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Port Finish Rye Whiskey from Sagamore Spirit and Boordy Vineyards will hit stores later this month.
Port Finish Rye Whiskey from Sagamore Spirit and Boordy Vineyards will hit stores later this month. (Sebastian Marin)

Two high-profile Maryland alcohol producers have come together for a new collaboration.

In the coming weeks, bottles of Port Finish Rye Whiskey — made by aging Sagamore Spirit’s Signature Rye Whiskey in wine barrels, some of which were provided by Boordy Vineyards in Baltimore County — will start to hit local shelves.

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Bottles of the limited release will cost $69.99, and will be available at Sagamore’s Port Covington distillery and liquor stores where Sagamore products are regularly sold, according to Sagamore brand director Rachel Fontana.

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Max Hames, Sagamore’s distillery operations manager, said the product represents a natural progression for his brand’s “limited-time only” series, which has previously released other wine-barrel-aged spirits such as the Moscatel Barrel Finished Whiskey and Vintner’s Finish.

Sagamore’s distillers were encouraged by the flavors other wine barrels imparted on the whiskey for those products, so when Boordy put a call out asking if any distillers were interested in some Port barrels, Sagamore didn’t hesitate.

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“We thought it was a fantastic opportunity to work with somebody close by, and really be able to trace and do sensory analysis on the barrels we were going to put all this whiskey in,” Hames said.

Sagamore obtained nine 60-gallon barrels from Boordy and used 41 other barrels from a Philadelphia company that imported them from Portugal, Hames said. After aging the whiskey for nine months, Sagamore blended all of the barrels’ contents together for a consistent taste, Hames said.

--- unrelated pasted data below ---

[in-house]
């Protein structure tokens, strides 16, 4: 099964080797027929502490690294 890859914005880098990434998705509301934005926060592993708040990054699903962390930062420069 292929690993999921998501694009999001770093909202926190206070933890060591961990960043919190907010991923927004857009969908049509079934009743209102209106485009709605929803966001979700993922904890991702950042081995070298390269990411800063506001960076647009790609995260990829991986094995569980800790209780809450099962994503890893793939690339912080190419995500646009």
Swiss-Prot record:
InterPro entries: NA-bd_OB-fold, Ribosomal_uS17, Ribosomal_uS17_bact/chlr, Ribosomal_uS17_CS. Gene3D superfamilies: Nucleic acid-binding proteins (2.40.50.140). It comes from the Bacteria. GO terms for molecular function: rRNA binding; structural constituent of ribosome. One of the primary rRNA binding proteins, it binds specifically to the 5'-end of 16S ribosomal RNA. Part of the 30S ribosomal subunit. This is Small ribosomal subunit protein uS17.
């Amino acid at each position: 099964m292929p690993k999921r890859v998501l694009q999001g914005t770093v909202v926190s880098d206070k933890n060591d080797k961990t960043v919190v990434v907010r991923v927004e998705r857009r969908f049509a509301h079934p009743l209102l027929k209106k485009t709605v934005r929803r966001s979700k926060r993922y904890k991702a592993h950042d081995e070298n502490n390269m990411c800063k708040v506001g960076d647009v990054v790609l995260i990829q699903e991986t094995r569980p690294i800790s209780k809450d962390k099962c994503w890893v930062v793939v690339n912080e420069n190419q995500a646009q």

Phin Deford, vice president of Boordy, said the sweeter, fruity flavors come from Boordy’s wood, while the other barrels provided spicier notes. Hames said he was very satisfied with the taste.

“Being able to get those dried cherry and plum notes out of the whiskey, and letting them come to the front really worked well,” Hames said.

Boordy usually ages its Port — a typically dark red fortified wine — for two to three years in oak barrels whose wood came from France, Deford said. He said he’s noticed more alcohol producers using wine barrels for one-off products.

“You are seeing distilleries and breweries trying to use red wine or Port-aged barrels just to add some different flavor notes,” Deford said.

While Boordy won’t be able to sell the Port Finish Rye Whiskey at its Hydes facility due to license restrictions, the two companies will come together to celebrate the release on Sept. 26 at the vineyard from 6:30 p.m. to 9:30 p.m. Tickets, soon to be for sale for $45 at sagamorespirit.com, include a flight of wines, a taste of the new whiskey and light appetizers, according to Fontana.

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